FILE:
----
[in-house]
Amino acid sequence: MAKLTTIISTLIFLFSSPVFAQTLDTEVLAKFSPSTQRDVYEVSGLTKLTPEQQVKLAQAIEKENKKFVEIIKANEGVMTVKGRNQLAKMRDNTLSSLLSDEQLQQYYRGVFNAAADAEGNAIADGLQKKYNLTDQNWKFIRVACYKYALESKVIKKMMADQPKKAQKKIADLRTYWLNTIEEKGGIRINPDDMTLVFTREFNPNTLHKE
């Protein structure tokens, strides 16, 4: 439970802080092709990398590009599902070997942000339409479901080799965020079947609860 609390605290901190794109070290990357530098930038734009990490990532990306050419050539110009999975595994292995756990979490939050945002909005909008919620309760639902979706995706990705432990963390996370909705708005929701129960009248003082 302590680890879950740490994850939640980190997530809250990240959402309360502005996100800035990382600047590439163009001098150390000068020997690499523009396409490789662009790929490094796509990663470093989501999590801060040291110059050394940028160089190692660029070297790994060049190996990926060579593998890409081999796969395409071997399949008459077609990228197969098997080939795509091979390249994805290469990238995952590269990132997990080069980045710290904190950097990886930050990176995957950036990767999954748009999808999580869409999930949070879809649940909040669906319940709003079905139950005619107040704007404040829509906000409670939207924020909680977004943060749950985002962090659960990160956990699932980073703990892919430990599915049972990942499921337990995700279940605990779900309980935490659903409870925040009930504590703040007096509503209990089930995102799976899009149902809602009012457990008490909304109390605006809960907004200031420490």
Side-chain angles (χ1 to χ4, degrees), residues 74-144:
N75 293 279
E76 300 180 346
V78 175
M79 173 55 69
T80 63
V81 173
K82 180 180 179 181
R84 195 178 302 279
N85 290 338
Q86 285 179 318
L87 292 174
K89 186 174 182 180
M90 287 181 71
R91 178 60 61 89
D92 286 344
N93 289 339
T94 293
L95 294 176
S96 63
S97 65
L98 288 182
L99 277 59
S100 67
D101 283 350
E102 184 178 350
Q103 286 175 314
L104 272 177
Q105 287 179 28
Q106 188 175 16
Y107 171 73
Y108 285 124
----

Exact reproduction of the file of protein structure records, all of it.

[in-house]
Amino acid sequence: MAKLTTIISTLIFLFSSPVFAQTLDTEVLAKFSPSTQRDVYEVSGLTKLTPEQQVKLAQAIEKENKKFVEIIKANEGVMTVKGRNQLAKMRDNTLSSLLSDEQLQQYYRGVFNAAADAEGNAIADGLQKKYNLTDQNWKFIRVACYKYALESKVIKKMMADQPKKAQKKIADLRTYWLNTIEEKGGIRINPDDMTLVFTREFNPNTLHKE
């Protein structure tokens, strides 16, 4: 439970802080092709990398590009599902070997942000339409479901080799965020079947609860 609390605290901190794109070290990357530098930038734009990490990532990306050419050539110009999975595994292995756990979490939050945002909005909008919620309760639902979706995706990705432990963390996370909705708005929701129960009248003082 302590680890879950740490994850939640980190997530809250990240959402309360502005996100800035990382600047590439163009001098150390000068020997690499523009396409490789662009790929490094796509990663470093989501999590801060040291110059050394940028160089190692660029070297790994060049190996990926060579593998890409081999796969395409071997399949008459077609990228197969098997080939795509091979390249994805290469990238995952590269990132997990080069980045710290904190950097990886930050990176995957950036990767999954748009999808999580869409999930949070879809649940909040669906319940709003079905139950005619107040704007404040829509906000409670939207924020909680977004943060749950985002962090659960990160956990699932980073703990892919430990599915049972990942499921337990995700279940605990779900309980935490659903409870925040009930504590703040007096509503209990089930995102799976899009149902809602009012457990008490909304109390605006809960907004200031420490």
Side-chain angles (χ1 to χ4, degrees), residues 74-144:
N75 293 279
E76 300 180 346
V78 175
M79 173 55 69
T80 63
V81 173
K82 180 180 179 181
R84 195 178 302 279
N85 290 338
Q86 285 179 318
L87 292 174
K89 186 174 182 180
M90 287 181 71
R91 178 60 61 89
D92 286 344
N93 289 339
T94 293
L95 294 176
S96 63
S97 65
L98 288 182
L99 277 59
S100 67
D101 283 350
E102 184 178 350
Q103 286 175 314
L104 272 177
Q105 287 179 28
Q106 188 175 16
Y107 171 73
Y108 285 124